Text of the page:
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Not Until You Smiled
He knew her. She was the girl that came to the coffee place almost every night. She would always talk to him, even if he didn't talk back. She would be as pleasant as a cheery robin in the early light of the morning. What he couldn't figure out was why she was sitting here crying in the rain. She didn't look like the type to cry over anything. She just didn't look good when she cried.
Before he realized it, he had stopped and she was glaring up at him. "Do you have a problem?" She asked, her makeup streaming down her face as though she were crying soot. He shook his head. "Then go away."
"Why are you crying?"
"The Hell does it matter?" She sniffed, wiping her face with her one sleeve. She was sopping wet, seeing as it had been pouring for over an hour now. He was making is way home from working the later shift, and had been kind of surprised when this girl hadn't come by at her regular time. Here she was, black shirt ripped and wet, auburn hair sticking to her face like webs, makeup streaming down her perfect cheeks and giving her a ghostly appearance.
"You shouldn't wear makeup."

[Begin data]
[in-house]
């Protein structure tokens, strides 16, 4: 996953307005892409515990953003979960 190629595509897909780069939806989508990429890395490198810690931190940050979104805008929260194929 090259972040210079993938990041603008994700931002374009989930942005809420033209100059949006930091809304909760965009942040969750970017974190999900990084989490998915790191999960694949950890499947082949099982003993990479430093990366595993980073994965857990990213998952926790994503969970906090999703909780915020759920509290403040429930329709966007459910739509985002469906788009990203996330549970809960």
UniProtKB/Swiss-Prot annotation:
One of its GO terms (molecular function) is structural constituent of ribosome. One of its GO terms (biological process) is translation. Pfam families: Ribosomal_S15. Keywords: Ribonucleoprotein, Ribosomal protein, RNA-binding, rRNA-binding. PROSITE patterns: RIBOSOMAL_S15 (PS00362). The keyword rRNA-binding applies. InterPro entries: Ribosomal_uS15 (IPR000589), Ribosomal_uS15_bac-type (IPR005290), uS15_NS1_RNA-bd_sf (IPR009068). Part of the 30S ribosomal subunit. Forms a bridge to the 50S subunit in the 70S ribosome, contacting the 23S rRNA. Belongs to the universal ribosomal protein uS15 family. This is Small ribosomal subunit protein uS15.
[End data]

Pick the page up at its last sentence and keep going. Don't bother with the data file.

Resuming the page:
"You're much prettier without it." He found himself sitting beside her, his huge umbrella covering them both. She stared at him with her bright, mossy-green eyes, and he could feel her name on the tip of his tongue. He couldn't quite reach it, though.
"Don't play the flattery card." She said bitterly, turning away. "It's worked too many times on me."
"You shouldn't cry, either." He continued, facing forward. "The look doesn't suit you. You're better off smiling like you normally do."
"So you recognized me?"
"Because I recognize you." When he turned to look at her, she was facing forward now. She had smeared the makeup on her face in an attempt to wipe it off. The rain got heavier, and it pounded on the umbrella. She looked up at a flickering street lamp above their bench beside the empty street.
"Why are you crying?"
"Because I've lost a lot tonight." He nodded. "Why are you here?"
"This is how I get back to my apartment."
"I mean here. On this bench. Talking to me." He shrugged. "You've never said anything to me beyond a repetition of my coffee order."
"Eh, I didn't expect much. I mean, look at me." She smiled then, her green eyes sparkling and lighting up. Amber.
"You know my name?"
"You've told me before, right?"
"Yeah, sorry, I just didn't expect you to care, let alone remember." She laughed, and it was like bells.
"I didn't. Not until you smiled." She stared at him for a moment, seemingly studying his face. He just stared back at her. Suddenly, the light flickered off longer than before, and when it came back on, her hand was gently touching his cheek while her lips pressed against his own in such a delicate fashion that one would think she was handling a precious artifact. When she pulled away, she fixed her eyes across the street again.
"Sorry. I've lost so much, what's one more thing going to do to me?" She asked him.
"What exactly did you just lose?"
"Any chance I had with you."
He paused. "I don't think you lost it." She looked up at him, surprised, but smiled and turned away again. "I wasn't lying."
"You're much prettier when you smile."